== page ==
The first thing you MUST know is that you are NOT alone. Right now in the USA, there are between 55 and 75 million survivors of CSA. And that’s just the ones we can count based on statistics of those who’ve come forward. So know you have many people that have been through what you have. In addition, there are now many groups established to provide the help, support and guidance that once did not exist. Whether its Together We Heal, NAASCA, RAINN or the many others out there, you have a place to go, so please reach out, and find one that will help you.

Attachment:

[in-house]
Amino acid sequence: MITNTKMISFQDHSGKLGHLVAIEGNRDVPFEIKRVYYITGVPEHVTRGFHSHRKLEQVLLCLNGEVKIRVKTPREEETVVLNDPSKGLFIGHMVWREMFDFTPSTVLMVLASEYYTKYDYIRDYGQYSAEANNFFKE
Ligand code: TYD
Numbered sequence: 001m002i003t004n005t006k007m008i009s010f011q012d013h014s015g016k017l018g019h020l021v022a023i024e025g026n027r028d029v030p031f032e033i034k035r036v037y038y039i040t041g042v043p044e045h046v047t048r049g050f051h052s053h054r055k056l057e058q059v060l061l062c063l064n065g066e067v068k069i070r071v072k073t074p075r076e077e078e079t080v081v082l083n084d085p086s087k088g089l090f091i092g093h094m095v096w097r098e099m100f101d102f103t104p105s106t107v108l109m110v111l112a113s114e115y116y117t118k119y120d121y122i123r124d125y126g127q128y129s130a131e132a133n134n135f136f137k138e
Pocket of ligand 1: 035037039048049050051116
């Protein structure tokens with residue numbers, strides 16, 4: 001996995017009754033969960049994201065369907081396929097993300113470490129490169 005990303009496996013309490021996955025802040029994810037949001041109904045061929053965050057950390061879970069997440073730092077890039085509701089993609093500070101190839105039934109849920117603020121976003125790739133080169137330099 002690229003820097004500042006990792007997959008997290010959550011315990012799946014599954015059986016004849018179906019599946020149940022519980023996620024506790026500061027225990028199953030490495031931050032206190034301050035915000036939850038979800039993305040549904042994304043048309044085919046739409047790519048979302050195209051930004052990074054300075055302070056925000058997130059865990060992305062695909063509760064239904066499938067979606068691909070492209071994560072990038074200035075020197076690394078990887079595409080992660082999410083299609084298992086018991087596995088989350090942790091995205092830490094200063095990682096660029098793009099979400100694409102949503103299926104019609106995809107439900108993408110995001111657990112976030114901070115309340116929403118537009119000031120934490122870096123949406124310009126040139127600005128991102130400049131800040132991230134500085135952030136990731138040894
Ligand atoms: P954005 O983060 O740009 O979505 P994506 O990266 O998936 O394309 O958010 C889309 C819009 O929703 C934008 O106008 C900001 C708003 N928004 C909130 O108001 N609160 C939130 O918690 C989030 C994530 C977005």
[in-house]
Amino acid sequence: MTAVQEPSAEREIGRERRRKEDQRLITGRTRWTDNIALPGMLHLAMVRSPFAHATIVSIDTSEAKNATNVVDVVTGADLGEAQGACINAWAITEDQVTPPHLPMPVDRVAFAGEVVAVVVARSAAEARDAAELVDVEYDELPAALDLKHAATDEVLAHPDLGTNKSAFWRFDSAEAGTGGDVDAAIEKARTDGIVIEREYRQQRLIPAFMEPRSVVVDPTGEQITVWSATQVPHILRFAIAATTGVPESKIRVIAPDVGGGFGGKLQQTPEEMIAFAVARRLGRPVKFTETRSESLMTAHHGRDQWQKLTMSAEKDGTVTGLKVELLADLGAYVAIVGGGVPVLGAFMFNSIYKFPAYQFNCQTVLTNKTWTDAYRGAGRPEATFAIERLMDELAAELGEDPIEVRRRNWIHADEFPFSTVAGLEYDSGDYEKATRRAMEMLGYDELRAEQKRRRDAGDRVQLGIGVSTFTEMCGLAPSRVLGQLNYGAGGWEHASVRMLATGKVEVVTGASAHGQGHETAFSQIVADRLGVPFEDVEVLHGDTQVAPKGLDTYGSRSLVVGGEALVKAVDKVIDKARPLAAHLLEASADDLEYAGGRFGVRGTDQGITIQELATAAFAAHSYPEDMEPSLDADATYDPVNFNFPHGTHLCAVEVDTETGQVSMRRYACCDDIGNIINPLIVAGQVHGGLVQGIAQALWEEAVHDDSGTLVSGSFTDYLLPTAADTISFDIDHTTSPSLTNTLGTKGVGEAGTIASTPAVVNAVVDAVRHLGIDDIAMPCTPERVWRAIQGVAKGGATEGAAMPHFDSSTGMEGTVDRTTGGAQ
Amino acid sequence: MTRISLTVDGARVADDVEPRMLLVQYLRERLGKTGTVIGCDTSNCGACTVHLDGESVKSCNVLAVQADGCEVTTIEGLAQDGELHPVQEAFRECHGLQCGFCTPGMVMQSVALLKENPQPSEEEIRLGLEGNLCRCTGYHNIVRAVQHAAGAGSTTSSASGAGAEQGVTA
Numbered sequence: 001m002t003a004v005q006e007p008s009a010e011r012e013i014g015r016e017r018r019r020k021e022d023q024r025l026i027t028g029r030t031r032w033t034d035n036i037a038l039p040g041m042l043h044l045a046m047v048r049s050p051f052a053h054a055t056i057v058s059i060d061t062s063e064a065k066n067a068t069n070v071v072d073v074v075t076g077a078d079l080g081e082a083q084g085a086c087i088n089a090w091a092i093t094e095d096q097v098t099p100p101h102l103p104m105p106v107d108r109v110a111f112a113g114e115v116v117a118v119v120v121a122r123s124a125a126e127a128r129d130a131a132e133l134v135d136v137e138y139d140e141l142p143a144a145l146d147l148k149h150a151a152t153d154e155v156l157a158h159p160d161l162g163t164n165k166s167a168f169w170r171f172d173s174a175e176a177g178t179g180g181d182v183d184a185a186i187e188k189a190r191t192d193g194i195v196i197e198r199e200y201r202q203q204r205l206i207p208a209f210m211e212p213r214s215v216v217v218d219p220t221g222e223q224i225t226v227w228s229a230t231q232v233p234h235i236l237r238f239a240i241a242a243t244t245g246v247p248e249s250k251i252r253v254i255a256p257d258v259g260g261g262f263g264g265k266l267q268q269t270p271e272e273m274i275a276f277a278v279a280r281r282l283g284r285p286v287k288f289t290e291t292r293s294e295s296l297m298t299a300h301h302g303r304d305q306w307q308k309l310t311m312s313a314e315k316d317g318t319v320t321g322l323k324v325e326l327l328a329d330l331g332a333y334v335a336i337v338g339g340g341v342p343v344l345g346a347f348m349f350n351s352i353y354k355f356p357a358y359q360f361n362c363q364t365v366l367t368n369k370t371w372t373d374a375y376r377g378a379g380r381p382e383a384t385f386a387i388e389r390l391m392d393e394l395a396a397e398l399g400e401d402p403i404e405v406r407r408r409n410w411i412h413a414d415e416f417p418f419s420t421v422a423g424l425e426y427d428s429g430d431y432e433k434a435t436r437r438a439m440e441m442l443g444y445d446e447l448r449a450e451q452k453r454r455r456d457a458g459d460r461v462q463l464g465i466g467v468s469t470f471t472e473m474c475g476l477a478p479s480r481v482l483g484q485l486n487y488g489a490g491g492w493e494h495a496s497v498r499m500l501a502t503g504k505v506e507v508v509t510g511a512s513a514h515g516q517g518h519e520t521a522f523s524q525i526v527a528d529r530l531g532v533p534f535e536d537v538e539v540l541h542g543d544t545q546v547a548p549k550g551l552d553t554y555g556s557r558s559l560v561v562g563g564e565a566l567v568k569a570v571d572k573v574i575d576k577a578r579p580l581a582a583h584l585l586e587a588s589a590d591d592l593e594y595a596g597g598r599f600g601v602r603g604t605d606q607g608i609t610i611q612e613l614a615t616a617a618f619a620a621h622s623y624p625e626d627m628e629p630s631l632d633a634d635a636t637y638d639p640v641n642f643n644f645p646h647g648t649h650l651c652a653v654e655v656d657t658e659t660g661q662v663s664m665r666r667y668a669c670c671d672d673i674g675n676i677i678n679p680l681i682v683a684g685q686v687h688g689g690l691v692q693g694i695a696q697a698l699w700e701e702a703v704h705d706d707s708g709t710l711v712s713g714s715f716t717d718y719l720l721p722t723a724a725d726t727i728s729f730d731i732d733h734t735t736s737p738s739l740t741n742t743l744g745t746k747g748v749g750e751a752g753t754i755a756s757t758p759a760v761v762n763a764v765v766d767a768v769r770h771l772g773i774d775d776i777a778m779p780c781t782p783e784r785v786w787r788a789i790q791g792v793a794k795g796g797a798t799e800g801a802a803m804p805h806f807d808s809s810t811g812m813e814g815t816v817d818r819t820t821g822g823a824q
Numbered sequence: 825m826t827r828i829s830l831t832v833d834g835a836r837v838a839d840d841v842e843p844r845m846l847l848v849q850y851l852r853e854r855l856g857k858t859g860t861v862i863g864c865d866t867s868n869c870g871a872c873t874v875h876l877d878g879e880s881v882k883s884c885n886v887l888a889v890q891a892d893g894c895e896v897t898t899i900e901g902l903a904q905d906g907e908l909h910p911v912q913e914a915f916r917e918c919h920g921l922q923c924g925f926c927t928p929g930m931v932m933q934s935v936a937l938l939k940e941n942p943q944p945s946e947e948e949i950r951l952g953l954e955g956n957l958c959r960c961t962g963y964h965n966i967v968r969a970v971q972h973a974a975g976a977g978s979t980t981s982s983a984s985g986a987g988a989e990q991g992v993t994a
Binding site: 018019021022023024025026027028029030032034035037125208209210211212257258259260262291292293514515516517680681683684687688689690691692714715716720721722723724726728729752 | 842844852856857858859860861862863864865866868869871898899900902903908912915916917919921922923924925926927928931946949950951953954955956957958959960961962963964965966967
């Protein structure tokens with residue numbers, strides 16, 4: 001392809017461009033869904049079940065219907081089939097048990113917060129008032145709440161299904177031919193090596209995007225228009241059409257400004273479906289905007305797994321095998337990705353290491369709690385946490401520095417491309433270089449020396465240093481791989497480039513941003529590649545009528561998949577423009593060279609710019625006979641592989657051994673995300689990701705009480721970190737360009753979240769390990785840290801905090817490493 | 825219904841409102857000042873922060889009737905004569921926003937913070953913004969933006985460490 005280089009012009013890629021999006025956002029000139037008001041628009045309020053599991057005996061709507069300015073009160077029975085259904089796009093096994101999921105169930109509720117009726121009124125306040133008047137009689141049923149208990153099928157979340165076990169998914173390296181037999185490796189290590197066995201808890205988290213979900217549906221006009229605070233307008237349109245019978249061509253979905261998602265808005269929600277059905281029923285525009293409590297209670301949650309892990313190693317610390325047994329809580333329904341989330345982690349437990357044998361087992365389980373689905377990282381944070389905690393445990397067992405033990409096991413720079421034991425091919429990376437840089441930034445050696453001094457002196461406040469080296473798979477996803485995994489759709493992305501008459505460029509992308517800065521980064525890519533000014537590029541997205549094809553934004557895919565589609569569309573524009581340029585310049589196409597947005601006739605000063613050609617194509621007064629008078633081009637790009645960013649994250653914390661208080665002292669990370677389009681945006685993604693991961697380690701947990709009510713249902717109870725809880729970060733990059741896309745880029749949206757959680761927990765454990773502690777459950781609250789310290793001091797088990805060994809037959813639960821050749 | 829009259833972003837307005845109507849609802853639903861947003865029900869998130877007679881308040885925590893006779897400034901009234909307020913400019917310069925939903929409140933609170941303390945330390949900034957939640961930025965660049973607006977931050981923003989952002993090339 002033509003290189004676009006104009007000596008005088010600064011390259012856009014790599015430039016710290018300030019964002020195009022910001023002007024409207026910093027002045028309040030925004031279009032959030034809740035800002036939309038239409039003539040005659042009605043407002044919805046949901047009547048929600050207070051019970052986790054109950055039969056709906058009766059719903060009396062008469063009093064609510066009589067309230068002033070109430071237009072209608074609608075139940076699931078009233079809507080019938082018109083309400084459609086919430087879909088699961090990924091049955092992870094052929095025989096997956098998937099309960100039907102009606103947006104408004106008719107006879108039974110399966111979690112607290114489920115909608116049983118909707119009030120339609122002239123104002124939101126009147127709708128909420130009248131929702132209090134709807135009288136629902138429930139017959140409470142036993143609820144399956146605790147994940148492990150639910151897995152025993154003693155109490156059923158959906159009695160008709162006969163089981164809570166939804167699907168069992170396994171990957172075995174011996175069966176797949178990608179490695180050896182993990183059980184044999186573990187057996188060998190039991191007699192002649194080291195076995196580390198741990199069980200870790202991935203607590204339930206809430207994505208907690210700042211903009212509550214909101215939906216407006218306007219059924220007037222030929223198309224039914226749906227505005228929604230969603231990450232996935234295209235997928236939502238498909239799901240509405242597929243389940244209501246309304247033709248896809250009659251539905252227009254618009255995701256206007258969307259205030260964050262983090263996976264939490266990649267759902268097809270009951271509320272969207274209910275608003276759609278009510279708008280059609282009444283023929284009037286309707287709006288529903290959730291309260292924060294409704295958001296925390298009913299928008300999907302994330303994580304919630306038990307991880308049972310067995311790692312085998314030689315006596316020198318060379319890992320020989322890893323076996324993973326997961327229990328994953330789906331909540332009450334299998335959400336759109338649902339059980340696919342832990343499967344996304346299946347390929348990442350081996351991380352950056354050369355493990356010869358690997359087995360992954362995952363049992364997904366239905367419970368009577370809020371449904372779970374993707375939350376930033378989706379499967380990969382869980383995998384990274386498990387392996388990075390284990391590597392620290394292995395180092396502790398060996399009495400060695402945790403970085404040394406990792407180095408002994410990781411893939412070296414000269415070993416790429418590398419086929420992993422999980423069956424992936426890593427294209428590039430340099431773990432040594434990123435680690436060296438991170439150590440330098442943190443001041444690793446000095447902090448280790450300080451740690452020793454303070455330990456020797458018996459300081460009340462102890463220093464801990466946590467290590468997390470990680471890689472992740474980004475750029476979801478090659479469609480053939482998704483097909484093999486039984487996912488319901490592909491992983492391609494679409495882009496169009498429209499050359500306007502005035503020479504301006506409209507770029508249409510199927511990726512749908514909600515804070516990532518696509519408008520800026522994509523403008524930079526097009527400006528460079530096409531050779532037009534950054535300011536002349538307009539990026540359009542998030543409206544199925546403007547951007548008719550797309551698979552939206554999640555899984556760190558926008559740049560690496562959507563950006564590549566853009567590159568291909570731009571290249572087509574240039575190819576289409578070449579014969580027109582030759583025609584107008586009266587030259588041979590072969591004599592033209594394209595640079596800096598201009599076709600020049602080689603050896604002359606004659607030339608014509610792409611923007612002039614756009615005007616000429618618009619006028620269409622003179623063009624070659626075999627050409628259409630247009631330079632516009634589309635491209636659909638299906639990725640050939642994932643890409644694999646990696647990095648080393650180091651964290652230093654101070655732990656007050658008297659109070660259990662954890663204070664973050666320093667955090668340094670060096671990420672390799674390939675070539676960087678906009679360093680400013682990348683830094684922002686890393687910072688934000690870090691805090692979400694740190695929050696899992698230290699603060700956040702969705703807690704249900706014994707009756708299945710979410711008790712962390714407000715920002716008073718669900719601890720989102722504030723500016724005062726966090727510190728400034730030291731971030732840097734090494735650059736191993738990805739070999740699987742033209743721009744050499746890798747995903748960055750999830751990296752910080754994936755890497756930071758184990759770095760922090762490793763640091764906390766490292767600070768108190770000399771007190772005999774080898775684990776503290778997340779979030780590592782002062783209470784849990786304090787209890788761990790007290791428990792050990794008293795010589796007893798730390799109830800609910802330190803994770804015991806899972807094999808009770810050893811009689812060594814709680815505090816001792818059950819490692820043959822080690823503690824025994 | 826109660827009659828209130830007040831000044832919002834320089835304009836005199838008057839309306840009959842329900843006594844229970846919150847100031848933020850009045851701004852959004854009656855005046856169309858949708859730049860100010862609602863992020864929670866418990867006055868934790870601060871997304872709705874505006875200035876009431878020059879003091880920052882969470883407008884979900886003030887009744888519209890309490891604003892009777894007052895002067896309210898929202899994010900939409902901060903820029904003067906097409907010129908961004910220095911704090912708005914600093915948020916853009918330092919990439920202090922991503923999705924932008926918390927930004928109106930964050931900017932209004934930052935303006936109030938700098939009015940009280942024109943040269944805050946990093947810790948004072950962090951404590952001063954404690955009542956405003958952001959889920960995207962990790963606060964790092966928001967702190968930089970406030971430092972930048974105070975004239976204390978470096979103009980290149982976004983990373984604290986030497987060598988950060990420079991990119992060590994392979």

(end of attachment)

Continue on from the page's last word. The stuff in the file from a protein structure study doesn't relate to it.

And finally, what I found that helped me begin to move forward was getting some professional help. Therapy, in it’s many forms, is available to you. For some, you might have the funds to pay for it, or if you have insurance, utilize it. And for those that have neither, there are now groups that will help you at no cost. So whether you have the funds or not, there’s no reason to not find a therapist or group that can help guide you on a healing path. A path that will help you find your core, a path to no longer feeling alone. So take a little lesson from that $20 dollar bill…reach out and find your worth. You are worthy and deserving of it.